Thursday, June 08, 2006

What to Look for in a Financial Advisor

At a time when baby boomers are approaching retirement age, finding the right financial adviser is a hot topic.

But the pitfalls are many and the consequences for picking the wrong adviser can be costly. Jonathan Clements offers some advice on how to choose wisely in his article “Due Diligence: The Five Key Rules to Heed Before Hiring a Financial Advisor,” in The Wall Street Journal.

  • Know this going in: financial advisers are paid by commissions based on the investments they sell. It is in their interest to sell products that yield them the highest commissions. To avoid being lured into buying a product that’s not best for you, Clements suggests using fee-only advisers who will charge an hourly fee or a percentage of your portfolio’s value or a fixed annual retainer.

  • Pick an adviser who is a Certified Financial Planner; only 5% of financial advisers possess this qualification because U.S. financial planners are not required to be certified.

  • Avoid advisers who won’t commit to acting as a fiduciary.

  • Although many advisers limit themselves to choosing stocks you may have additional priorities such as getting help with your mortgage, college tuition expenses, insurance, taxes and estate planning. Make sure your financial advisor is willing to advise you on these issues.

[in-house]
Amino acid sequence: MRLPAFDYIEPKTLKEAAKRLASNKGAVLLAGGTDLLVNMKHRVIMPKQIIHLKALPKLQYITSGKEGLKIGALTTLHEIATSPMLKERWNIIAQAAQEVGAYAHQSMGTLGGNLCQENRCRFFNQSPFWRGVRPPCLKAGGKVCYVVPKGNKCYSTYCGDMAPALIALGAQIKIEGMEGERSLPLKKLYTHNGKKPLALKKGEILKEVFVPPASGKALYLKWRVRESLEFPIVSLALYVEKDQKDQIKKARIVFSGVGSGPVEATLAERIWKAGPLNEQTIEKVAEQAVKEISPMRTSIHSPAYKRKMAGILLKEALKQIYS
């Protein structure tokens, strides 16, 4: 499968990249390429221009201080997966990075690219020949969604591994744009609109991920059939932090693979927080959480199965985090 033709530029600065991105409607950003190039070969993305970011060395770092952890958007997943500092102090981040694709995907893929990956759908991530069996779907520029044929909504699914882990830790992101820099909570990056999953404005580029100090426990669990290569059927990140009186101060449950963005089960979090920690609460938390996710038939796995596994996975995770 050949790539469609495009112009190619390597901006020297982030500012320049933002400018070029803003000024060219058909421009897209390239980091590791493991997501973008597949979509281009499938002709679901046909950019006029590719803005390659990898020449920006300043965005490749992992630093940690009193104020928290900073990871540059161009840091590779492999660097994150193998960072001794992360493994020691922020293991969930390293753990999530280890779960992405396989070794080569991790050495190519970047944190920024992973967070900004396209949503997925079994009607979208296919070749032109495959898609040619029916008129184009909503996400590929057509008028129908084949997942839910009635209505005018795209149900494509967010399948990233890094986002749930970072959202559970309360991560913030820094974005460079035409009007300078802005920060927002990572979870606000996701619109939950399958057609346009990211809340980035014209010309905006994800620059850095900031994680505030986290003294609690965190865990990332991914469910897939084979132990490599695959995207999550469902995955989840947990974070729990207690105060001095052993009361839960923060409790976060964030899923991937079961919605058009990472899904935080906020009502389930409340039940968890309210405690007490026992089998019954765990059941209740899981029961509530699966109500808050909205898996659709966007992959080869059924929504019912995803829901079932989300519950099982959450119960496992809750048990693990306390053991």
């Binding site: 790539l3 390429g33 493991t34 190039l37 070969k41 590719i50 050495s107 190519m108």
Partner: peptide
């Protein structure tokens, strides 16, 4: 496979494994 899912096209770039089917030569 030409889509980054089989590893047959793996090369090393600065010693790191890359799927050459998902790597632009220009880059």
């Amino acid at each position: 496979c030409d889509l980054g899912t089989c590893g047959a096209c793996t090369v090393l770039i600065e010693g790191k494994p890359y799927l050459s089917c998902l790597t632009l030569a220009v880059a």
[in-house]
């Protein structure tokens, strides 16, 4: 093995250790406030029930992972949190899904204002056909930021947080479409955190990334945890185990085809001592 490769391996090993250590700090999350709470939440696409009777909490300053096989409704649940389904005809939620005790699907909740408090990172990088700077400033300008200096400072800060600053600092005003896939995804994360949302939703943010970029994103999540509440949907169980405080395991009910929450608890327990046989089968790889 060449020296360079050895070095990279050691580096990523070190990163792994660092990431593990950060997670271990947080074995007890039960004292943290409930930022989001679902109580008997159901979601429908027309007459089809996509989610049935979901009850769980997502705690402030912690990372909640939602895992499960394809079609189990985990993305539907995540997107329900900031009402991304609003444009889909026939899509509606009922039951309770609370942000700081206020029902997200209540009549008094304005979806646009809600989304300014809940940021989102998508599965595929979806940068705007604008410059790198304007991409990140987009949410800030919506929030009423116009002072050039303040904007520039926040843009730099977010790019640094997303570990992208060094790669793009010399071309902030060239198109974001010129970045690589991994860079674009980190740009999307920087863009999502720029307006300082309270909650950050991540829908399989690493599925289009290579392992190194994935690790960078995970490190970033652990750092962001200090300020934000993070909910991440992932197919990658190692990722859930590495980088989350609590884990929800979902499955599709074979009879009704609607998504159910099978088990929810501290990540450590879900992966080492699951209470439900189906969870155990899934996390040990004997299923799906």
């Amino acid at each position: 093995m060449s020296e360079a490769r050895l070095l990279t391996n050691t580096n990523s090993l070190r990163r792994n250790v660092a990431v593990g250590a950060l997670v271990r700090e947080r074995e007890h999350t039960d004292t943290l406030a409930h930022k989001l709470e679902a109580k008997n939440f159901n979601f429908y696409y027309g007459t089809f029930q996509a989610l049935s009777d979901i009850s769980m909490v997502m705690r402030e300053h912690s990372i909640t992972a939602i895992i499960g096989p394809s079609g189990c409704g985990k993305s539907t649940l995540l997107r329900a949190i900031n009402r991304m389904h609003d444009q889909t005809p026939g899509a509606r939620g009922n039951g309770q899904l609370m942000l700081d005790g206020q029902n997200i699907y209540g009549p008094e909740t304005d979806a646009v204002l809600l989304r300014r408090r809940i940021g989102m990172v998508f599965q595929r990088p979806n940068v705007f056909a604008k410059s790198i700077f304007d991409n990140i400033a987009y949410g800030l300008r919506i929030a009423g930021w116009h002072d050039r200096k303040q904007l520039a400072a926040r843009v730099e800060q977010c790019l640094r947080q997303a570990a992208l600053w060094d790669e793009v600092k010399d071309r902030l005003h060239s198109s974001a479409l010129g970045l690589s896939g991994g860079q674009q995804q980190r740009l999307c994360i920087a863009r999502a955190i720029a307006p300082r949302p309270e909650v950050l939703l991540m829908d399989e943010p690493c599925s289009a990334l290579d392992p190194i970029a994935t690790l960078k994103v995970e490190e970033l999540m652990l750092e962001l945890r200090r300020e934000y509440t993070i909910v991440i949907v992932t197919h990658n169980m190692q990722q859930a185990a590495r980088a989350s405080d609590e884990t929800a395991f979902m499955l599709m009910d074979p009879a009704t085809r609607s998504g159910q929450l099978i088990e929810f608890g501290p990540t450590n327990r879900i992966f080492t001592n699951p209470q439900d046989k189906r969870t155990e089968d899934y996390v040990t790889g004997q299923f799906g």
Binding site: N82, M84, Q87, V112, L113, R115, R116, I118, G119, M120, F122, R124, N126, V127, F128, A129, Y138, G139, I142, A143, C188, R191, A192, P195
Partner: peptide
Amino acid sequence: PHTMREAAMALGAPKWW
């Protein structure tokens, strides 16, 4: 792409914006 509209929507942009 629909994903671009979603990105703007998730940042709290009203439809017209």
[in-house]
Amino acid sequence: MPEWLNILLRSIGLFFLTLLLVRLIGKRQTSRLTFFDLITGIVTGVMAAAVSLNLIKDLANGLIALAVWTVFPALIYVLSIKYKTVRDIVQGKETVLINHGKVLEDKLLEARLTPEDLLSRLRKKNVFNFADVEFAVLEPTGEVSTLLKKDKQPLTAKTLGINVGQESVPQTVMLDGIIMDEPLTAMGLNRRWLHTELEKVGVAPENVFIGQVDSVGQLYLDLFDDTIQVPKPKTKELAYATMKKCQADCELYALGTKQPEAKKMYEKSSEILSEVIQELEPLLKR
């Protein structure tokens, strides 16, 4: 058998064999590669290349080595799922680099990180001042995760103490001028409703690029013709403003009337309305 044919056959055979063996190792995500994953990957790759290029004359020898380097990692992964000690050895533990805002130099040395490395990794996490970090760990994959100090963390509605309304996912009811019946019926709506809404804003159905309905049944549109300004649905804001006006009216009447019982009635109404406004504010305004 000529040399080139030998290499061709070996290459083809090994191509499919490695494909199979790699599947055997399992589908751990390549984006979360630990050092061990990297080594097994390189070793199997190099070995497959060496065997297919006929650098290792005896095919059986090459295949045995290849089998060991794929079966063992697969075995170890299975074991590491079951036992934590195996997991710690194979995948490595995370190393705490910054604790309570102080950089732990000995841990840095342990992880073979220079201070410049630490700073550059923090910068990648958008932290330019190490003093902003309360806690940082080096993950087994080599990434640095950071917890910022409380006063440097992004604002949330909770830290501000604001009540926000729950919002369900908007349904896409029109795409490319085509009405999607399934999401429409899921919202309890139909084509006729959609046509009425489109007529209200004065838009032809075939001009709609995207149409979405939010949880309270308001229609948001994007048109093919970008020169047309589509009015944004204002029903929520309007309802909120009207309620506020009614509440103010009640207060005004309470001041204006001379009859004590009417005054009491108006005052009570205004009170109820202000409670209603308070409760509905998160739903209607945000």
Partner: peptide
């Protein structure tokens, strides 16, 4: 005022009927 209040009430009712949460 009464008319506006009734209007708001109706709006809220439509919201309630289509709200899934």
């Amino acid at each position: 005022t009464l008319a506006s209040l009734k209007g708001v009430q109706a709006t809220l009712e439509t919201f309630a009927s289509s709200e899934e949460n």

Financial advisers often charge too much. You may wind up paying them 1% of your portfolio value each year. If you add on fees charged by mutual funds and other investment items you may only have an annual total of 2% or 3%. Consider investing in treasury bonds. They are less risk and hassle and will earn 5% a year.

Have a look at some of these websites for additional information:

  • : search for a certified financial planner
  • <>
  • : find a fee-only financial adviser in your region

If you do your research and plan well, you can continue to build a stronger business with the added confidence that you’ve invested well.

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